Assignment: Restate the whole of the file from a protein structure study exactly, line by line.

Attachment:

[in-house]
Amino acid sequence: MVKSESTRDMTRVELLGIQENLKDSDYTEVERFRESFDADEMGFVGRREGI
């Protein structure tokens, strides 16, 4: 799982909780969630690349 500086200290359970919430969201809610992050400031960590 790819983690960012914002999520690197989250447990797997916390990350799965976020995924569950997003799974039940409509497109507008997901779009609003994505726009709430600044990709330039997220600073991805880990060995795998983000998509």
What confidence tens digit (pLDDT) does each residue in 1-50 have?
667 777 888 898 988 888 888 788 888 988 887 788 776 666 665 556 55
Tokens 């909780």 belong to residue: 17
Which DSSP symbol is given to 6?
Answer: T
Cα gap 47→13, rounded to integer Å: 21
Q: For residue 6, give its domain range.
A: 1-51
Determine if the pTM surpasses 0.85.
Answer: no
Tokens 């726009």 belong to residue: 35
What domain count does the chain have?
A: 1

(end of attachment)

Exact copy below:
[in-house]
Amino acid sequence: MVKSESTRDMTRVELLGIQENLKDSDYTEVERFRESFDADEMGFVGRREGI
């Protein structure tokens, strides 16, 4: 799982909780969630690349 500086200290359970919430969201809610992050400031960590 790819983690960012914002999520690197989250447990797997916390990350799965976020995924569950997003799974039940409509497109507008997901779009609003994505726009709430600044990709330039997220600073991805880990060995795998983000998509």
What confidence tens digit (pLDDT) does each residue in 1-50 have?
667 777 888 898 988 888 888 788 888 988 887 788 776 666 665 556 55
Tokens 């909780």 belong to residue: 17
Which DSSP symbol is given to 6?
Answer: T
Cα gap 47→13, rounded to integer Å: 21
Q: For residue 6, give its domain range.
A: 1-51
Determine if the pTM surpasses 0.85.
Answer: no
Tokens 């726009």 belong to residue: 35
What domain count does the chain have?
A: 1